November is true to itself – rain and dark skies. Fireworks lasting for weeks – Lucy, our Schnauzer, frightened to go out alone.

A number of our London Lupus Centre team travelled to Boston to present papers and posters at the annual American College of Rheumatology meeting.

For me, two other meetings in November proved memorable. A Midlands GP meeting in Northampton/Wellingborough attracted 300 GPs – a good opportunity for me to spread the word about the impact of Hughes Syndrome in general practice. The meeting was held in an aircraft hangar – a ‘first’ for me – stimulating and enjoyable.

Finally, good news on the ‘awareness’ front. This year, the international journal LUPUS published a special edition (volume 23, no.12, 2014) on Hughes Syndrome – selected articles following the 14th international congress on antiphospholipid antibodies, held in Brazil in 2013, an unforgettable meeting of like-minded experts, brought together by Drs Roger Levy and Yehuda Shoenfeld.

For those wishing to delve deeper into the science of the antiphospholipid syndrome, can I strongly recommend this publication:

Patient of the Month

A patient’s journey

Mrs S.L., aged 53, was referred by herself. That is to say she had seen a number of specialists and no firm diagnosis or treatment had resulted.

As a teenager, she had regular migraines, bad enough to be referred by her GP to a neurologist. A diagnosis of migraine was made and a trial of anti-migraine drug followed.

In her early 20s, she developed ‘glandular fever’ – a sore throat with neck glands. This illness “knocked her out”. She became listless with aches and pains, fatigue and sleep disturbance. In addition, she developed a cold circulation, affecting both the hands and feet.

The headaches continued and she found that her balance wasn’t perfect. She was investigated by her GP, but her blood tests were normal. On this occasion, she saw a different neurologist, who arranged a brain MRI. Normal.

A new problem appeared – she found that she was slightly short of breath – even on relatively moderate exercise. There was some chest discomfort. She was referred to a cardiologist who found, on cardiac echo, a slightly leaky heart valve. No special treatment needed.

All along, the headaches continued and life was made more difficult by her aches and pains. A diagnosis of ‘fibromyalgia’ was added. A new drug was tried –Tri-imipramine – but this made her mouth and eyes very dry and was stopped.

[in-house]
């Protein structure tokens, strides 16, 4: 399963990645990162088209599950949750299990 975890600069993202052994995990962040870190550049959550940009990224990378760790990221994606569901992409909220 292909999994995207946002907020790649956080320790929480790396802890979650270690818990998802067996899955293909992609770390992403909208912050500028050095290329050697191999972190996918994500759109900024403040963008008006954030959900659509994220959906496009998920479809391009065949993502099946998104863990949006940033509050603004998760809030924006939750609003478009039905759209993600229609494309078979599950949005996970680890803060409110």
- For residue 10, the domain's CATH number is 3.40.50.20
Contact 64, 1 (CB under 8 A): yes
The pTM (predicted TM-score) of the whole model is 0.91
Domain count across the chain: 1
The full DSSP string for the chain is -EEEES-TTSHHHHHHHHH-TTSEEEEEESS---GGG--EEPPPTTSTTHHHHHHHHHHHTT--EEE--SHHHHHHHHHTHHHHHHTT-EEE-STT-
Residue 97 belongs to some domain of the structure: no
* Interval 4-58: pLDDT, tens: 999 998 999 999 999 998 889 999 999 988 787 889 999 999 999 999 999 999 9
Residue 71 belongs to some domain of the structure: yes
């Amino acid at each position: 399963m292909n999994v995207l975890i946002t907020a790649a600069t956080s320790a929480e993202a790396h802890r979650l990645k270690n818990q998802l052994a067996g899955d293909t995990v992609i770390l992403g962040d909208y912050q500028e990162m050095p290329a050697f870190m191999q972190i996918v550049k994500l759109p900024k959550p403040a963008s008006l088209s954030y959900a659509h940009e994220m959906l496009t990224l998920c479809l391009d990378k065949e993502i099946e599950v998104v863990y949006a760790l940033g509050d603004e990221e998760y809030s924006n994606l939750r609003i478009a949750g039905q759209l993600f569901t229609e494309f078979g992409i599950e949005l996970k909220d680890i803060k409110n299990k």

Then came the ‘Eureka’ moment. Her sister, Jill, who lived in Scotland, came to stay. Jill had been diagnosed recently with Hughes Syndrome and was doing well on aspirin. The symptoms were similar.

Here we go… the internet!

Mrs S.L. and her husband did their homework. It all seemed to fit.

She went back to her GP who was excellent. He confirmed to knowing next to nothing of Hughes Syndrome (“I only know that it is a cause of recurrent miscarriage”), but was prepared to learn. Mrs S.L. was referred to our clinic at London Bridge Hospital. The blood tests (mercifully) were positive. I say “mercifully” because so often they can be ‘borderline’ or even ‘negative’ despite the clear history.

Mrs S.L. was started on baby aspirin – with some improvement – not one hundred percent, however. We next prescribed my ‘heparin trial’ – a 3-4 week course of low molecular weight heparin – a course of daily injections designed to assess any response to such anticoagulant therapy.

The result was spectacular. No headaches, brain ‘clearer’. And, interestingly, a disappearance of the chest pains.

One year later, on daily warfarin tablets, with an INR ratio of 3.5, the patient is back in this world. A clinical success!

What is this patient teaching us?

Many lessons.

Firstly, Hughes Syndrome (‘sluggish blood supply’) can affect many organs, notably the brain and the heart.

Secondly, these patients often gravitate from clinic to clinic, seemingly getting nowhere. Thirdly, migraine is an important symptom of Hughes Syndrome, something the world of neurology is now appreciating.

Fourthly, (and discussed in previous ‘blogs’), two other conditions are often associated with Hughes Syndrome – Sjögren’s syndrome (dry eyes and aches and pains – ‘fibromyalgia’) and hypothyroidism (a ‘lazy’ thyroid).

Finally, in this patient, the tests were positive, helping the diagnosis. But they can be negative.

Listen to the patient! The clinical diagnosis carries far more weight than the blood tests.

Professor Graham R V Hughes MD FRCP